Thing 4 – Digital Security
Not the first time I’ve quoted this song on this blog, but when a band writes a song based on Orwell’s 1984 and you’re talking about privacy and security in the 21st century it’s hard not to think of this song. Although, if we consider Neil Postman’s book Amusing Ourselves to Death we must consider the possibility, “that Huxley, not Orwell, was right.” So in that case, go listen the Brave New World (2000) by Iron Maiden.
So for the activities today we’re going through keeping your phone safe, in particular. What I find interesting is that the documents in step 1 focus on the physical phone itself as well as apps. I know in section 2 we go beyond that a bit, but it’s here that I wanted to point to a great episode of Note to Self where listeners sent in photos and an expert used Metadata from the photos to gather as much information about them as possible. Currently I’m in the process to scrubbing metadata from photos before I really get into using Lychee, and this episode I heard years ago is one of the reasons why:
The only thing I hadn’t done that was advised in the documents was writing down the IMEI number from my phone, but that’s done now. I have been in situations where we had to use “find my phone” for friends’ phones, and while the surveillance aspect of that service creeps me out it is one concession I consciously have to make.
Onto the next bit where we look at permissions for apps. I try to be quite conscious of what I’m giving apps access to. Often I’ll opt to provide temporary access to say WhatsApp to my photo library rather than direct access to the camera and microphone. I don’t know technically how much of a difference that actually makes, so if you know please respond in the comments. If I do need to give access to the camera and microphone (i.e. FaceTime) then I’ll do that temporarily and toggle that off. Speaking of toggling on an off, let me offer a gripe about Apple. Why the h*ll would they change the control centre on iOS from straight up turning wifi and bluetooth on and off to just “disconnect”. I found this chance infuriating, and I think it is something that tricks users into opening up security risks they are not really aware of. Literally Apple, you added a MINIMUM of three more clicks. This brings me to my next thought as I went through the materials, Dark Patterns. Dark Patterns are tricks that developers use to doop users into doing things they didn’t mean to. Check out the video.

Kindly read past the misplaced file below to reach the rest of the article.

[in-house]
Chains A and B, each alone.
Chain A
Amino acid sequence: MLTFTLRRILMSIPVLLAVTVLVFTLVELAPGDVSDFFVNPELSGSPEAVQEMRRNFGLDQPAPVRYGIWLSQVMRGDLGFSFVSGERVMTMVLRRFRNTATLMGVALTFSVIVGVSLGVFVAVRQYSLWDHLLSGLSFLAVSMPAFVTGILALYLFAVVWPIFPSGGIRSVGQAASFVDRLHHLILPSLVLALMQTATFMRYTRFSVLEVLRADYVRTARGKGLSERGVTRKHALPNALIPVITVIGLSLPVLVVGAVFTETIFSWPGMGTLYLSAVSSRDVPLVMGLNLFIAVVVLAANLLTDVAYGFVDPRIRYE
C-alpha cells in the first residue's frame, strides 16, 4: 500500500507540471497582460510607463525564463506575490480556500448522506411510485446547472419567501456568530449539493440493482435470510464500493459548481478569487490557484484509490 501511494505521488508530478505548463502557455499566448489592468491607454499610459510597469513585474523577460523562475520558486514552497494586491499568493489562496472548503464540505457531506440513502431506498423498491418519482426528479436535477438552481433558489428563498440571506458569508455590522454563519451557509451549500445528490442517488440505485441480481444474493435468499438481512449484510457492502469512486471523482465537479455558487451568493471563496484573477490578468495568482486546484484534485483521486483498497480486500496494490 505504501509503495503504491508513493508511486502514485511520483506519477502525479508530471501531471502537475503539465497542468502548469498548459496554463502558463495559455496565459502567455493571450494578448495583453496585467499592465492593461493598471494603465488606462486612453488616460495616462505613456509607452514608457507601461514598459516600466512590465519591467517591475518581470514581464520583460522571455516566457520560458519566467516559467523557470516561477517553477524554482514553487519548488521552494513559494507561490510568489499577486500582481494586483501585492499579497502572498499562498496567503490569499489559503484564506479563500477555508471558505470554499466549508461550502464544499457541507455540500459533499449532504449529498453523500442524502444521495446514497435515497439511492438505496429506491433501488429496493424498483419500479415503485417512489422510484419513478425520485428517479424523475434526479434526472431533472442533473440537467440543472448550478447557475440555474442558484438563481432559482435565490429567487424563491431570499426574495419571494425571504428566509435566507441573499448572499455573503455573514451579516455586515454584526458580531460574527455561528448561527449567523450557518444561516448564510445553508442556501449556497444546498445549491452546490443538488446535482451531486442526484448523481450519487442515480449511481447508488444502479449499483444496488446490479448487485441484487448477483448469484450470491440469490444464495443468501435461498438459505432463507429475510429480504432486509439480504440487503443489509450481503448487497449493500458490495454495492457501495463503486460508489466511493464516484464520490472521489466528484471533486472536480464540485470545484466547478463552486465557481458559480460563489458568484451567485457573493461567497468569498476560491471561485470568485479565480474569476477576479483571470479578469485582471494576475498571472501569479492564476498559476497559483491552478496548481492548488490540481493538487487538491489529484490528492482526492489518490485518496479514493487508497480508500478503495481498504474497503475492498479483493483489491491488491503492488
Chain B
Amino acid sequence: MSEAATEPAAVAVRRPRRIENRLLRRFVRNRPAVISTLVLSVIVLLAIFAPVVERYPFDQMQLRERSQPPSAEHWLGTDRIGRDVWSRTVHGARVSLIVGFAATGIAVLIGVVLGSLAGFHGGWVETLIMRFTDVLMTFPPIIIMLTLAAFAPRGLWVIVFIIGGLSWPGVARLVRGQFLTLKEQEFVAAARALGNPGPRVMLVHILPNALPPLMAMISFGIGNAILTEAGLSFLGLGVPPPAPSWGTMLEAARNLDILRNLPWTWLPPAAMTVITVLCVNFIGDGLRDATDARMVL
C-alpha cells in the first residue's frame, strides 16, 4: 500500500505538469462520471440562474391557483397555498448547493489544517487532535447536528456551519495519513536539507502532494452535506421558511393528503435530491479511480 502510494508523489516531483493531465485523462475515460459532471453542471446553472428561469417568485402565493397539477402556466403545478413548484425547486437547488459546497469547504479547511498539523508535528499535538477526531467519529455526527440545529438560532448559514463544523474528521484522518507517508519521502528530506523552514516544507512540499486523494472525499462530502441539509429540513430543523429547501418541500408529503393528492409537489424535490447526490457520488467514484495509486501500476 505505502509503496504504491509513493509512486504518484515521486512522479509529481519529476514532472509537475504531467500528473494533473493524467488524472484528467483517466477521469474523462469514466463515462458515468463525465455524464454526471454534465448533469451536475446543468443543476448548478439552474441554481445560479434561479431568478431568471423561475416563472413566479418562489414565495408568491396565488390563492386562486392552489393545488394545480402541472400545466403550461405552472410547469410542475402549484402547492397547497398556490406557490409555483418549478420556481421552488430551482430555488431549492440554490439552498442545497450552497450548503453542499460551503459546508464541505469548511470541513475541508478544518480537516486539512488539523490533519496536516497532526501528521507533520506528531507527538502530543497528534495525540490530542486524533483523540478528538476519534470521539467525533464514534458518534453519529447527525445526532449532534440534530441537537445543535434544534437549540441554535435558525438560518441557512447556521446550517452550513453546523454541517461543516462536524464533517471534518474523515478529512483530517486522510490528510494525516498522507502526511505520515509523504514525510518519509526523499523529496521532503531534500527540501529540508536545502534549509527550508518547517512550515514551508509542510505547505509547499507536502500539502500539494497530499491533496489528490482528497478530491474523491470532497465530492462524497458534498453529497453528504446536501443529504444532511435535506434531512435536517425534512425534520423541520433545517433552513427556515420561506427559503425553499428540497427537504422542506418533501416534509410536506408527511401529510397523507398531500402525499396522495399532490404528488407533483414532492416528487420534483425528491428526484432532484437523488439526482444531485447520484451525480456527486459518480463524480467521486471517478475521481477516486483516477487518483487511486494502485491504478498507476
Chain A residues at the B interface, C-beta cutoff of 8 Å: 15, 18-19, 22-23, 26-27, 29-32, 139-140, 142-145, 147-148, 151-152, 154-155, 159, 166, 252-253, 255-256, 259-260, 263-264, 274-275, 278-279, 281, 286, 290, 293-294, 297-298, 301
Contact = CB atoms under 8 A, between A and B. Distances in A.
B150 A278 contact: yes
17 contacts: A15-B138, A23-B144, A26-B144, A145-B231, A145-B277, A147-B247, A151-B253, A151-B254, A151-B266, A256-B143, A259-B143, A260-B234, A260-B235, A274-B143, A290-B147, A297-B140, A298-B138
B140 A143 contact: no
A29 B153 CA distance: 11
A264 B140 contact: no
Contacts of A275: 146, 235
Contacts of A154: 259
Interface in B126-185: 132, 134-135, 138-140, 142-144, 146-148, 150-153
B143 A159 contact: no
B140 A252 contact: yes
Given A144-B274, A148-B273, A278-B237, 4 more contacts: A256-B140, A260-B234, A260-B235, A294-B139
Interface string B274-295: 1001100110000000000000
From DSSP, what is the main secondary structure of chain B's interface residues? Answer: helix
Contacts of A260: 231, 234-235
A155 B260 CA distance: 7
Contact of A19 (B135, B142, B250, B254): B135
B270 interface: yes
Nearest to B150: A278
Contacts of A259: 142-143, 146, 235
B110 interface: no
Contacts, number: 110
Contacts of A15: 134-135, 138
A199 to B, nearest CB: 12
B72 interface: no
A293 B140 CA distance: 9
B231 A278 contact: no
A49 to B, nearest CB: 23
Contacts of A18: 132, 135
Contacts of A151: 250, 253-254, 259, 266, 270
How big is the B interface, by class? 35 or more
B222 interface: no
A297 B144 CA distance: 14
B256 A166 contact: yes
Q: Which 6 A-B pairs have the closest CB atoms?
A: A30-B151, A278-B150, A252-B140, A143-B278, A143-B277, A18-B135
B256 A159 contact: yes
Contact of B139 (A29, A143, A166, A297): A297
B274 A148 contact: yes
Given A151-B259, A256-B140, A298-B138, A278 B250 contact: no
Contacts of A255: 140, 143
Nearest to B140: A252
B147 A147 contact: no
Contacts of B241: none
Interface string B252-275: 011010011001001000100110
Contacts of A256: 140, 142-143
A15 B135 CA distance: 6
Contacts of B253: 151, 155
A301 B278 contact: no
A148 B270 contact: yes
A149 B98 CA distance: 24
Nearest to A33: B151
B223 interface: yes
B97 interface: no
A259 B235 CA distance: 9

One specific dark pattern that upset me the most was WhatsApp. Generally, I didn’t use WhatsApp a lot. I first got it when I got my first iPhone, before the Facebook takeover. During that time users had a choice to protect some of their data from being transfered to Facebook such as your contact list. As I moved to close down my Facebook account last year I tried migrating to use Signal as my preferred messaging app, but many of my friends and family weren’t into that idea so I thought, ok WhatsApp is supposed to be the next best thing as long as you don’t share your whole contact list with it. Which worked pretty well. Until after getting the constant notifications about “allowing access to the camera and microphone” and clicking deny, I opened a message from a friend containing a photo and another pop up appeared. Reflexively, I hit the button on the side I was expecting to deny access to my camera only to realize too late that I had just given Facebook access to my whole contact list. I turned it off right away, but they got me. They delivered exactly the user experience they needed to to trick me into giving up what they wanted. Not cool FB.
I might not have really cared before, but overtime I’ve learned that the ‘I have nothing to hide’ argument isn’t helpful. Thinking back to another FB privacy scandal (yeah, I know you’re probably tired of those by now), was when farmville was all the craze. I remember hearing at the time that even if you locked down your profile so only your friends could see your posts that if they played games like farmville then the app developer could also see my profile as if the developer was my friend. We now know a lot more about how invasive this truly was, but I recall at the time limiting my use of such games. We can take all the precautions for digital security we like, but our network can unknowingly expose us and vice versa.
Another note on this is that the advice in the articles repeatedly say to update your apps whenever possible. Just watch out for changes to the settings after you do so.
I forgot to mention another really cool online experience dealing with privacy on the web. In 2015, the NFB of Canada published Do Not Track, a “personalized documentary series about privacy and the web economy.” I haven’t gone through it since it’s publication, but I think it’s likely worth a revisit. If you’ve not seen it, you should check it out.